Two states have mandated that public water systems test their water for algae toxins, and more states could follow suit, according to NPR.
“As the climate warms, hazardous algae blooms are becoming more prevalent around the world. If ingested, cyanotoxins from these blooms can cause organ damage — even death,” the report stated.
Ohio and Oregon were the first two states to make regulatory changes to address algae, the report stated. Oregon’s rules come on the heels of the discovery of cyanotoxins in the drinking water in Salem, OR, this year, The Statesman Journal previously reported.
Meanwhile, “Rhode Island is considering new drinking water regulations for algae. And New York state just announced a multi-million dollar effort to curb algae blooms, after toxins were found in drinking water two years ago,” NPR reported.
Salem, OR, was under a drinking water advisory for nearly a month, NPR stated.
“The solution they arrived at involves dumping enormous bags of powdered carbon into the unfinished water supply. The carbon binds with toxins, and helps to remove them,” the report said.
Peter Fernandez, Salem's public works director, compared this solution to a Brita filter. This process costs about $2 million per year.
“And so far, it's working. Algae has persisted around Detroit Lake, but since the new system went live on July 4, Salem's water has been free of algae toxins,” the report stated.
In many parts of the country, the algae problem appears to be growing worse.
"Since the mid-2000s it's gotten worse, and the worst blooms on record have happened more or less in the last 10 years," says Steven Wilhelm, a University of Tennessee professor, per NPR.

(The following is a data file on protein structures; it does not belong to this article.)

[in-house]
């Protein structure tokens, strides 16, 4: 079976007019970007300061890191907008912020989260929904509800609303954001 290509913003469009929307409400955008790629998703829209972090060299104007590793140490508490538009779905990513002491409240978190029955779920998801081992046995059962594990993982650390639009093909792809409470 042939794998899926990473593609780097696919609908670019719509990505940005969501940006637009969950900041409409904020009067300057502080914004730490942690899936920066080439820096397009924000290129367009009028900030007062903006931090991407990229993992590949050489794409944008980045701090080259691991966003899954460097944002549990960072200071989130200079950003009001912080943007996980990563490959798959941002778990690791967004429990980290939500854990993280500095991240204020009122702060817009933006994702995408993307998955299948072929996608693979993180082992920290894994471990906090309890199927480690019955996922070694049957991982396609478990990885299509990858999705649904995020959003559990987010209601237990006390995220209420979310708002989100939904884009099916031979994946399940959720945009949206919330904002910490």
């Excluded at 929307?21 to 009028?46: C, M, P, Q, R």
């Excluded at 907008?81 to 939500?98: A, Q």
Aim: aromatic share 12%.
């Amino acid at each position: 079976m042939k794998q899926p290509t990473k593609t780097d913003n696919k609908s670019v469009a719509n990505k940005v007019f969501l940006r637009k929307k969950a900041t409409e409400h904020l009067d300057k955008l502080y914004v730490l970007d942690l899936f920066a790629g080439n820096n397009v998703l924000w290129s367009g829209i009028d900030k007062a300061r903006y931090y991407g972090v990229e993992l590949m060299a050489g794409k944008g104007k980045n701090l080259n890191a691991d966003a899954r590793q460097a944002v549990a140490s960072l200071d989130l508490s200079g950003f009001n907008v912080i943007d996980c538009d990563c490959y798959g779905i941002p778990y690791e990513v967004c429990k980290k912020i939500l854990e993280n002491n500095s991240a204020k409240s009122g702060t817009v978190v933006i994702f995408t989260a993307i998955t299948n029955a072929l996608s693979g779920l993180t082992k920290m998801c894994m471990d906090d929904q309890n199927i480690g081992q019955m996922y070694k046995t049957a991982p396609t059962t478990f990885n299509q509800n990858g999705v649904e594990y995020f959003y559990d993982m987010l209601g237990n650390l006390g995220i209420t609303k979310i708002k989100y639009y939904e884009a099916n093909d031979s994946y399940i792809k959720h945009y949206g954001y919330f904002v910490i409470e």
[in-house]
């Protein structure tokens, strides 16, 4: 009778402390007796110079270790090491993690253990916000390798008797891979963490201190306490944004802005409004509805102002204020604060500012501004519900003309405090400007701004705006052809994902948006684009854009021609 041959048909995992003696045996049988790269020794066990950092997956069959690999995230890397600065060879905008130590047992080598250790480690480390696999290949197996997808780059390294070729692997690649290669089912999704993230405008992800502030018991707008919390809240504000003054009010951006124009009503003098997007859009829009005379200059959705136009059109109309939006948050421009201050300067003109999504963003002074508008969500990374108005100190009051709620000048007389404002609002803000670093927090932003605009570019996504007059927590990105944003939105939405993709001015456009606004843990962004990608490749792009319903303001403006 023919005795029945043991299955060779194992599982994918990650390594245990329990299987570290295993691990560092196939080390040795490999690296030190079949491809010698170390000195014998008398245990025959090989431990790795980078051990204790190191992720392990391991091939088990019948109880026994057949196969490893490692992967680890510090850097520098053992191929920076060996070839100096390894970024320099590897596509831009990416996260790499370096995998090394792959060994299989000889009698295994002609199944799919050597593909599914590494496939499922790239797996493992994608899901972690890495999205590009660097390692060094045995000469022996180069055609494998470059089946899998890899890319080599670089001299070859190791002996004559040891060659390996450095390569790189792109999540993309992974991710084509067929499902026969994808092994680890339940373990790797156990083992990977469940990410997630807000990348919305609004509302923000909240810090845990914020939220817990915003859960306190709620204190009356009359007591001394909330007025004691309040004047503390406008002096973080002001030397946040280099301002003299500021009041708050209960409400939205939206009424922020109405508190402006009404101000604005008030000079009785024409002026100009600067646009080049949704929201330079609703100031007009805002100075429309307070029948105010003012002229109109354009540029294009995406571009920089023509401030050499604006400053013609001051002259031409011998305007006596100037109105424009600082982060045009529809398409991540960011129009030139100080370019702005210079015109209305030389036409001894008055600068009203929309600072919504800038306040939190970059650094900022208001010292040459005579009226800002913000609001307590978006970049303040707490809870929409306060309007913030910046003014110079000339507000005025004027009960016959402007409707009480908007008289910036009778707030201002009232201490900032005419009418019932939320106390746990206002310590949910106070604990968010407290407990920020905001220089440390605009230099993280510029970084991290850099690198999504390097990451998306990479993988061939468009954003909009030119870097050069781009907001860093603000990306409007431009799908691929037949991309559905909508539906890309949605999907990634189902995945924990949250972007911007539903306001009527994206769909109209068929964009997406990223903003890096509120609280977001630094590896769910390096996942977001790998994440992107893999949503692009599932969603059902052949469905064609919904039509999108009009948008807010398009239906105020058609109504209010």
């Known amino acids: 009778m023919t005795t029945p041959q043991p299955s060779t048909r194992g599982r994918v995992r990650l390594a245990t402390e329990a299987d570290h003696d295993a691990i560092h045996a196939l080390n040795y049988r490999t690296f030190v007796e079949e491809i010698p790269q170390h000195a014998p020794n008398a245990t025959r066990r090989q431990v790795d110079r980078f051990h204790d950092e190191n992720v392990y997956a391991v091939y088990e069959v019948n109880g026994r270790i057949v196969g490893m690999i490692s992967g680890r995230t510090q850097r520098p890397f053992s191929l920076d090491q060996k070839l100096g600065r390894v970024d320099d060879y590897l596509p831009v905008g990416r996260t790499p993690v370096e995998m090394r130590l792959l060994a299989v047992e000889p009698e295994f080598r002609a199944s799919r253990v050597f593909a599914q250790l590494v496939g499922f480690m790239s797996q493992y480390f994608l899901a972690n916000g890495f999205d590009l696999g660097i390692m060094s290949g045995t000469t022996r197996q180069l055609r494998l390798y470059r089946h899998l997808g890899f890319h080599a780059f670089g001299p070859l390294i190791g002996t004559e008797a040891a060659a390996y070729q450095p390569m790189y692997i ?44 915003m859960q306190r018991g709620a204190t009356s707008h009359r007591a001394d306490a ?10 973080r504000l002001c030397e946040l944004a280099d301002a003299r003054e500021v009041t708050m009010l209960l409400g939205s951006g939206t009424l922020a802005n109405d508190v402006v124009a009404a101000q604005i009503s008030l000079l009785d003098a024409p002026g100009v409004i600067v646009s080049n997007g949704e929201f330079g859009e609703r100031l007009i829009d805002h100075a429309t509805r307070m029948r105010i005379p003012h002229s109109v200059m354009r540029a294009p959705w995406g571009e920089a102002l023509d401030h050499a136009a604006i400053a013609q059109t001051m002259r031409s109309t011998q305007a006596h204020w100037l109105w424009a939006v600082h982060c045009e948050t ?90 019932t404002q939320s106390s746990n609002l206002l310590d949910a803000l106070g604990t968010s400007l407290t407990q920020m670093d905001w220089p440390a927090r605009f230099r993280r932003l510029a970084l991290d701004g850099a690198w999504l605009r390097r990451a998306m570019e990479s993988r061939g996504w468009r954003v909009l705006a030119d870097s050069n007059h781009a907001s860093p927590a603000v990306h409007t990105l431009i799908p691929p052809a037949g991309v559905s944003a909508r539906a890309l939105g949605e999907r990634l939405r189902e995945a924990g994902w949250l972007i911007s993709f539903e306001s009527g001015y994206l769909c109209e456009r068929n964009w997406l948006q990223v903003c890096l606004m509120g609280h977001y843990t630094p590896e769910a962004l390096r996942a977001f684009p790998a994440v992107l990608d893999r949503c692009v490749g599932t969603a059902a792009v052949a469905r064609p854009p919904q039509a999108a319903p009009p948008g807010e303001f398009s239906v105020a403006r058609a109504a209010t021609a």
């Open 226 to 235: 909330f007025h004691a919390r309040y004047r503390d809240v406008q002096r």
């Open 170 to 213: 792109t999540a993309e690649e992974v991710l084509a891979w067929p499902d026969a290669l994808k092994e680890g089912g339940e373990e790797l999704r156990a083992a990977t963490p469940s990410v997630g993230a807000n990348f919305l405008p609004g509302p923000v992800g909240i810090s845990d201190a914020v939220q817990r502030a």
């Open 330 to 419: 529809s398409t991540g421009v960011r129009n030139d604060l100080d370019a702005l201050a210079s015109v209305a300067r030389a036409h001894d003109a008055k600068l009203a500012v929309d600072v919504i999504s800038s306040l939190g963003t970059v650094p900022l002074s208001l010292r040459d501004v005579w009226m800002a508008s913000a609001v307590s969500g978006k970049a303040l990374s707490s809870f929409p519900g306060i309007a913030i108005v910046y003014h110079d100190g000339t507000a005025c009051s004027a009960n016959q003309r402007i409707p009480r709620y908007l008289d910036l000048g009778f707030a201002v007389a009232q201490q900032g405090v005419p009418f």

NPR highlighted research on the role of climate change in exacerbating the algae problem.
"We definitely think there's a role for these warm seasons we have been seeing over the last few years," Wilhelm stated, per NPR. "These so-called bad algae tend to do better at warmer temperatures."
Researchers emphasized that algae is a threat to drinking water.
"It's a concern in many states — especially states that pull water from surface waters that are contaminated with these," said researcher Tim Davis of the Bowling Green State University in Ohio. "The ability to provide clean drinking water is something people take for granted until they don't have it."
Experts say farmers have a role to play in curbing the algae threat.
At a House Energy and Commerce subcommittee hearing on cyanotoxins, an official from the American Water Works Association, explained the origin of the algae problem several years ago.
“There is no uncertainty about one critical aspect of the problem: It is always associated with amounts of nitrogen and phosphorus in the water,” the official said, per Roll Call. “Although each watershed is unique and has its own mix of nutrient sources, across the nation the most prominent uncontrolled sources of nitrogen and phosphorus are non-point sources — that is, runoff. These sources are at the same time both the hardest to manage and the furthest from being subject to meaningful federal regulatory authority.”